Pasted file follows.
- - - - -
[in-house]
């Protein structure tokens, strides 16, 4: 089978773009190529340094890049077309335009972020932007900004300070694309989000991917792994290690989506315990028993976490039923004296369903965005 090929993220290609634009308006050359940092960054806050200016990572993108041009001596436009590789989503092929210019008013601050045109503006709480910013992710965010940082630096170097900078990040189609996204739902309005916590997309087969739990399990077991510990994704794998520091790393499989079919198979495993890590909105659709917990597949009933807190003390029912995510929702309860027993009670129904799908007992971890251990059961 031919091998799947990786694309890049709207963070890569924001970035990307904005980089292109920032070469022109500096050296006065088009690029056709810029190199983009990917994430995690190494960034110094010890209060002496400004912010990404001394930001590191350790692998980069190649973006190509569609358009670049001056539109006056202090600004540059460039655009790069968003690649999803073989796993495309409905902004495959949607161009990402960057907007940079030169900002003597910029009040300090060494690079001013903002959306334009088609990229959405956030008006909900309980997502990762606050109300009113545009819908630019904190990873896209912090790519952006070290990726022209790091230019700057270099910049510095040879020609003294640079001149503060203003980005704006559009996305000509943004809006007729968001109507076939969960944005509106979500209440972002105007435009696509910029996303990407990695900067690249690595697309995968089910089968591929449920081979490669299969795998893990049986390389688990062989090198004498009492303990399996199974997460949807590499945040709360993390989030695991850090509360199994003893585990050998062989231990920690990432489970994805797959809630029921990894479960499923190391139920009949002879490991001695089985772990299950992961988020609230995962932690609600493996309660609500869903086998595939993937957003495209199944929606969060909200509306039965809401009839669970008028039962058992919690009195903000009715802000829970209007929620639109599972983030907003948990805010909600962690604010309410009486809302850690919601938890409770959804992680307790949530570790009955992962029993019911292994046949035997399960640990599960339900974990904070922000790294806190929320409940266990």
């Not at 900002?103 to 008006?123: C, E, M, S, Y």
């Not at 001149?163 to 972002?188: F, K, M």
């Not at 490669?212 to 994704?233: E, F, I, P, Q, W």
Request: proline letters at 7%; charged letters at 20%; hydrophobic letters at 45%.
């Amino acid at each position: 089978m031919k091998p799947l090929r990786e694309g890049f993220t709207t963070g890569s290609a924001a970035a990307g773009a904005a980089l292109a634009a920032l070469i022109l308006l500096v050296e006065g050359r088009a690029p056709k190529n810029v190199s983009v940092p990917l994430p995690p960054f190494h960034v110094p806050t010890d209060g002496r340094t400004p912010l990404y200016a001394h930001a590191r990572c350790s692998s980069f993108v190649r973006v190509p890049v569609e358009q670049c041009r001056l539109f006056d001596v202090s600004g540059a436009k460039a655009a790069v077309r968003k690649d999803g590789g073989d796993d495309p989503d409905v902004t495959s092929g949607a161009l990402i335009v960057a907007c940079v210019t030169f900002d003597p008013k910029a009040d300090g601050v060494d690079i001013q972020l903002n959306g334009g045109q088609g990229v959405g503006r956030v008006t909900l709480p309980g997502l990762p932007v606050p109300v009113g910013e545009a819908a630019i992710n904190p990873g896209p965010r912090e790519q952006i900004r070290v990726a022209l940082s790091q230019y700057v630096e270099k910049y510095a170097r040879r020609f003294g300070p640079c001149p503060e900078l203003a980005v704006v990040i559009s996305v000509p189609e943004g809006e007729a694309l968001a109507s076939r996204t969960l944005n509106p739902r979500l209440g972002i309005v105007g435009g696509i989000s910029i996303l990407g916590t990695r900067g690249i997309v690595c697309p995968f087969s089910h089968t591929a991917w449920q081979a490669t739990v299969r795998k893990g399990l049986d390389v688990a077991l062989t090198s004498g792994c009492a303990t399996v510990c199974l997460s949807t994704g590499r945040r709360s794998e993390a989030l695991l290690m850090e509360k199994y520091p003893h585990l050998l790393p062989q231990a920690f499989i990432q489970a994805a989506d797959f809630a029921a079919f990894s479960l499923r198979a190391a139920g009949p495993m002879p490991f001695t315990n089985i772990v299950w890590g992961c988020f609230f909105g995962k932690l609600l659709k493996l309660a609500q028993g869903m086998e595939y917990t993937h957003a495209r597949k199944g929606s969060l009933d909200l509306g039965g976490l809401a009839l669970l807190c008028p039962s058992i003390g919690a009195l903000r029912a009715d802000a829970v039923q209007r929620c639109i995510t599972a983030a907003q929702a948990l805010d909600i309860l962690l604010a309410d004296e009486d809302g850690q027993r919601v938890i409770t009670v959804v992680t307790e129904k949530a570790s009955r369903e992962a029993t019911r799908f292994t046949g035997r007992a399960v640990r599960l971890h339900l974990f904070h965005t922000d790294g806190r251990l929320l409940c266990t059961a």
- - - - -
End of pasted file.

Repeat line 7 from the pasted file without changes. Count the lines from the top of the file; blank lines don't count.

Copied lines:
């Amino acid at each position: 089978m031919k091998p799947l090929r990786e694309g890049f993220t709207t963070g890569s290609a924001a970035a990307g773009a904005a980089l292109a634009a920032l070469i022109l308006l500096v050296e006065g050359r088009a690029p056709k190529n810029v190199s983009v940092p990917l994430p995690p960054f190494h960034v110094p806050t010890d209060g002496r340094t400004p912010l990404y200016a001394h930001a590191r990572c350790s692998s980069f993108v190649r973006v190509p890049v569609e358009q670049c041009r001056l539109f006056d001596v202090s600004g540059a436009k460039a655009a790069v077309r968003k690649d999803g590789g073989d796993d495309p989503d409905v902004t495959s092929g949607a161009l990402i335009v960057a907007c940079v210019t030169f900002d003597p008013k910029a009040d300090g601050v060494d690079i001013q972020l903002n959306g334009g045109q088609g990229v959405g503006r956030v008006t909900l709480p309980g997502l990762p932007v606050p109300v009113g910013e545009a819908a630019i992710n904190p990873g896209p965010r912090e790519q952006i900004r070290v990726a022209l940082s790091q230019y700057v630096e270099k910049y510095a170097r040879r020609f003294g300070p640079c001149p503060e900078l203003a980005v704006v990040i559009s996305v000509p189609e943004g809006e007729a694309l968001a109507s076939r996204t969960l944005n509106p739902r979500l209440g972002i309005v105007g435009g696509i989000s910029i996303l990407g916590t990695r900067g690249i997309v690595c697309p995968f087969s089910h089968t591929a991917w449920q081979a490669t739990v299969r795998k893990g399990l049986d390389v688990a077991l062989t090198s004498g792994c009492a303990t399996v510990c199974l997460s949807t994704g590499r945040r709360s794998e993390a989030l695991l290690m850090e509360k199994y520091p003893h585990l050998l790393p062989q231990a920690f499989i990432q489970a994805a989506d797959f809630a029921a079919f990894s479960l499923r198979a190391a139920g009949p495993m002879p490991f001695t315990n089985i772990v299950w890590g992961c988020f609230f909105g995962k932690l609600l659709k493996l309660a609500q028993g869903m086998e595939y917990t993937h957003a495209r597949k199944g929606s969060l009933d909200l509306g039965g976490l809401a009839l669970l807190c008028p039962s058992i003390g919690a009195l903000r029912a009715d802000a829970v039923q209007r929620c639109i995510t599972a983030a907003q929702a948990l805010d909600i309860l962690l604010a309410d004296e009486d809302g850690q027993r919601v938890i409770t009670v959804v992680t307790e129904k949530a570790s009955r369903e992962a029993t019911r799908f292994t046949g035997r007992a399960v640990r599960l971890h339900l974990f904070h965005t922000d790294g806190r251990l929320l409940c266990t059961a």